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Interesting hearing their comments on Rudebox then this Tweet comes up today. smile.gif

Matt Johnson‏Verified account @Mattjohnsons · 13h13 hours ago


I believe that the new N.E.R.D. and Rihanna track is 100% confirmation that @robbiewilliams’ Rudebox was before it’s time.

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Sydney11
post Nov 7 2017, 06:38 AM
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This was an old post I found on BJ relating to the reviews Rudebox got at the time smile.gif

NME - 8/10 'Rudebox is the best thing he's ever put his name to. F***ing about on laptops with the likes of Lily Allen and Pet Shop Boys, he has hit on a fun, frantic, pisstaking mixtape of crystalline 80s electropop... it is an amazing pop album.'

MOJO - 4/5 - "Rudebox is another flick of the Vs to all those who doubt the substance behind Robbie William's incorrigible irrepressibility...An Intriguing , funny and inventive listen... A golden showcase of millenial pop."

UNCUT -3/4 "The Funniest, most adventurous and liveliest record of his career... A career high."

MUSIC WEEK- "bonkers, witty...and hugely likeable".

THE TIMES - 'Williams' blossoming facility as a wordsmith repeatedly take the breath away.'

ROLLING STONE MAGAZINE - 4/5 - "A magnificent pop lesson... The best album of his career"

THE TELEGRAPH – “madly compelling album. If you stumbled across this on MySpace, you might think a pop genius had been born”

POP JUSTICE- “It is the best album of Robbie's career”

THE STAR - 4/5 – “Excellent”

DAILY EXPRESS - 4/5 - "most accomplished record to date


SUNDAY HEARALD – “It's a fabulous and funky mix of rap and rock that will have you scooting across the dancefloor in a flash.”

MELBOURNE HEARALD SUN – 4/5 – “After a few ropey auotpilot albums that seemingly pleased everyone but himself, Robbie's returned to being a risk-taking, divisive, exciting pop star not afaid to shed fans to save his sanity. Welcome back.”

ENTERTAINMENT.IE – 4/5 “Rudebox is a thrilling return to form that suggests that Williams still has a hell of a lot to offer”

POPMATTERS – 7/10 “Rudebox is an astounding, brave release.

ALL MUSIC GUIDE - 4/5 "displays an edge and a wicked sense of fun sorely missing from most mainstream pop...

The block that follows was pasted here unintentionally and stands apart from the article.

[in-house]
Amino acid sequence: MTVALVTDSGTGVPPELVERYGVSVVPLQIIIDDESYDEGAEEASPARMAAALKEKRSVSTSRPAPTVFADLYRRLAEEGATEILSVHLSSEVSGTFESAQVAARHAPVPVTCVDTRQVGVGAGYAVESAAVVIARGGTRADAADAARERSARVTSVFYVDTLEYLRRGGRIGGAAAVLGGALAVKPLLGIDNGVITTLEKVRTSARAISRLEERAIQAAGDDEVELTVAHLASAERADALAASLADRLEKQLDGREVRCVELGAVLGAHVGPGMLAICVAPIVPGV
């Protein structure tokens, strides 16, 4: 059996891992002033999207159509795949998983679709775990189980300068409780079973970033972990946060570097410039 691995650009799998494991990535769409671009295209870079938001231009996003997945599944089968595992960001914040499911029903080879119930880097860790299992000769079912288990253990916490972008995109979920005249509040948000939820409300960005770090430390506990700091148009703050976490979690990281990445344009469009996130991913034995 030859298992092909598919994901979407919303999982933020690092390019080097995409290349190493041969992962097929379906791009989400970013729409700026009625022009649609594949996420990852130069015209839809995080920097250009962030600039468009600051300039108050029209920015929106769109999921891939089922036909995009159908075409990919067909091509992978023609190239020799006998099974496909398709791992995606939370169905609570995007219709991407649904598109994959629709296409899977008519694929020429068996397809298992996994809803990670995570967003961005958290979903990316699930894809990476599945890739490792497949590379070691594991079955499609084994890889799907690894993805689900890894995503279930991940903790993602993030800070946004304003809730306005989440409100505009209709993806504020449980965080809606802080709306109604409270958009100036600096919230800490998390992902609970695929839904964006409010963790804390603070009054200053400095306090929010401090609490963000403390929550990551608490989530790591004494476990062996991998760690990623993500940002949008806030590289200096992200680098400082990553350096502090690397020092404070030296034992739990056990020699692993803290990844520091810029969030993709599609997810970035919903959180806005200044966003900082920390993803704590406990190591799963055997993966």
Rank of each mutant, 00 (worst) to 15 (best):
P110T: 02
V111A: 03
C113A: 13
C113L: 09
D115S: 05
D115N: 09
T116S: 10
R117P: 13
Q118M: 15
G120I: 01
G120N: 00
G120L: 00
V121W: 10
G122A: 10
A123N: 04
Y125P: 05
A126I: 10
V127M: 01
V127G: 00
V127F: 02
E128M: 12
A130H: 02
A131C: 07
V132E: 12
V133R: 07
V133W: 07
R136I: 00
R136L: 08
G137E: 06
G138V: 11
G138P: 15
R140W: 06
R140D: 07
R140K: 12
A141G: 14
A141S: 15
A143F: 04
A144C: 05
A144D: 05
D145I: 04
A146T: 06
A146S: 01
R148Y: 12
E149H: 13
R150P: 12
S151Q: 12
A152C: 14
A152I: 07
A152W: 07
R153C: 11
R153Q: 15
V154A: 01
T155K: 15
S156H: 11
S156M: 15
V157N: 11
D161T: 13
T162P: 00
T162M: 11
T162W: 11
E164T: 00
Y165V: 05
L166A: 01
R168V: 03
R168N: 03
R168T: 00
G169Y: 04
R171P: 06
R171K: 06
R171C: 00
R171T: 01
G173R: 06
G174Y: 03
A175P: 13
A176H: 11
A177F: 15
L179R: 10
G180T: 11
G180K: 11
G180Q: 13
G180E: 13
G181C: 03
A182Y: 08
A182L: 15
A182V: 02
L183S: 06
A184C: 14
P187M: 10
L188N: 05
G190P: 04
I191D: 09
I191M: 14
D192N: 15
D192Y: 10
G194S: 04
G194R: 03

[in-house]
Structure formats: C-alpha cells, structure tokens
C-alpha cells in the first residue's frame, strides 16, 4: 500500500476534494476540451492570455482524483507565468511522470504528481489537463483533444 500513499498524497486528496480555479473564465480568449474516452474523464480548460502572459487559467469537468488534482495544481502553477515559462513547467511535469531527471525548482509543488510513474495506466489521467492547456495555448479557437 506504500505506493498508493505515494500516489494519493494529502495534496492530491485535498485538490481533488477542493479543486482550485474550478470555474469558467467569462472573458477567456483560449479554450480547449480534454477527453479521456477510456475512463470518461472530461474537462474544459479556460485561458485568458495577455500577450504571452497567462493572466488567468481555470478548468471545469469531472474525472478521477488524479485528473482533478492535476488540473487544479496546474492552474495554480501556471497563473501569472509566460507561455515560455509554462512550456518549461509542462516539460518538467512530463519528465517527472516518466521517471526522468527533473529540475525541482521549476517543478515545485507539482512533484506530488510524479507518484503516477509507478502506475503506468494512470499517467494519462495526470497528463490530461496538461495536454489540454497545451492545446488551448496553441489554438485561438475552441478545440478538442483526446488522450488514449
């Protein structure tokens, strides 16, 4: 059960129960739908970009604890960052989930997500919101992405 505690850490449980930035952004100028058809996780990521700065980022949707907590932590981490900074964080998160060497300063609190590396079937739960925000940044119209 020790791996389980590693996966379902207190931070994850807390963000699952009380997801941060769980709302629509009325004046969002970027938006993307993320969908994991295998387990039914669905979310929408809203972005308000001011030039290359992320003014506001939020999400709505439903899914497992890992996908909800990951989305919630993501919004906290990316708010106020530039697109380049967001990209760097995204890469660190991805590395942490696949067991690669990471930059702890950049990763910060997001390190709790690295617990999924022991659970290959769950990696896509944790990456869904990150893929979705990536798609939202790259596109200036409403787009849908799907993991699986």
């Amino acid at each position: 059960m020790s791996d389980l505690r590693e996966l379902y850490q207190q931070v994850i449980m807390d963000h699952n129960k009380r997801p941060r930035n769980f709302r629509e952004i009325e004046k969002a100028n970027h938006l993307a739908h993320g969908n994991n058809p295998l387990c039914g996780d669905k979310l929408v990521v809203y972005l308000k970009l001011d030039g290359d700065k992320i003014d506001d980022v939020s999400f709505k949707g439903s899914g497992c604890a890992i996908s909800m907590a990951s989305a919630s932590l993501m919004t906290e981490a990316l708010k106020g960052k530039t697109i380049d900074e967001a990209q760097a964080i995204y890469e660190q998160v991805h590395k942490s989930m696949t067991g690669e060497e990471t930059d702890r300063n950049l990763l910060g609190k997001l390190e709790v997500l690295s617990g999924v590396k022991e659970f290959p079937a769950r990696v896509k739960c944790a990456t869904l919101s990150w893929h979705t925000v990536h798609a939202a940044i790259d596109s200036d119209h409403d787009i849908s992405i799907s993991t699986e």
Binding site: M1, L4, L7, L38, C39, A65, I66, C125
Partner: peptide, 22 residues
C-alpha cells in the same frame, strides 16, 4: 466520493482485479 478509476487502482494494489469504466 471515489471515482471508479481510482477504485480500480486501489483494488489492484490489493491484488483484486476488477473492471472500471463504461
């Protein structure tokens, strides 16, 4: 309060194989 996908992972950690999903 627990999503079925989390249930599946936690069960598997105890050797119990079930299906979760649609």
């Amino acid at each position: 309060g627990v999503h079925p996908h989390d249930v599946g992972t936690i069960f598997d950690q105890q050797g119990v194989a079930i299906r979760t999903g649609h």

THE METRO – 4/5 - "undeniably versatile"
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Sydney11
post Nov 7 2017, 07:06 AM
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This is an interesting read smile.gif , hard to believe it was written 11 years ago unsure.gif & from NME tongue.gif , sad thing was a lot of fans hated it sad.gif



Your least favourite popstar’s gone electro and it’s – whisper it – good


With his Take That past coming back to haunt him, tabloids sharpening their knives and missed appearances, clearly all is not well with Williams. And yet he has claimed that this is the first musical venture where he is being himself. The stakes are extremely high. Luckily, ‘Rudebox’ is the best thing he’s ever put his name to.


From a career of trying on different ill-fitting identities (CampPop Robbie, Fat Dancer Robbie, Swing Robbie, Stadium Robbie) he has finally found one that fits. f***ing about on laptops with the likes of Lily Allen and Pet Shop Boys, he has hit on a fun, frantic, pisstaking mixtape of crystalline ’80s electropop, Skinner derived rap-ups and lazy skank pop.



Lyrically, Williams has always been a very British mix of redcoat self-deprecation and zeitgeisty, chemically-enhanced moodiness, but on ‘Rudebox’ he continues this without falling into the previous pratfalls of whininess or navel-gazing. There’s the double-headed autobiography of ‘The 80s’ (currently at the centre of a legal dispute) and its follow-up ‘The 90s’, the clattering ‘Vogue’ rap in the LA tale ‘The Actor’ and ‘She’s Madonna’ – possibly his most bonkers song ever.



‘Rudebox’ is not ‘Robbie Williams the serious artiste’, but it is an amazing pop album. It remains to be seen if it will be his undoing with the mainstream and those tabloid hacks. But it seems, musically at least, he’s just getting started. And, if you leave your preconceptions at the door, you might just love it


Read more at http://www.nme.com/reviews/album/reviews-r...sQQYkLhIZX6z.99


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Laura130262
post Nov 7 2017, 11:46 PM
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It's great to read all those reviews. cool.gif

The thing I remember about Rudebox at the time is not only Victoria Newton from the Sun and her "worst record ever" comment but the attitude of a lot of fans who absolutely hated it at the time because it was different.

Even this summer at the HES tour I noticed that a lot of the audience in front of me in the circle weren't interested in Rudebox when he did it. Did you notice that Tess or was it just in London?

For me - it will always be his most inventive album. That's why I love it so much. cool.gif
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Laura130262
post Nov 7 2017, 11:58 PM
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One year since the Brits Icon gig at the Troxy.

That was a bloody good night. cool.gif

Freeeeeezing in that queue though......
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The Diplomat
post Nov 8 2017, 12:28 AM
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Still don't remember it sorry!
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Sydney11
post Nov 9 2017, 06:44 AM
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QUOTE(Laura130262 @ Nov 7 2017, 11:58 PM) *
One year since the Brits Icon gig at the Troxy.

That was a bloody good night. cool.gif

Freeeeeezing in that queue though......






Here's a little reminder Laura



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Laura130262
post Nov 9 2017, 11:44 PM
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Thank you Tess cool.gif
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Lo-Fi Version Time is now: 20th November 2017 - 02:12 AM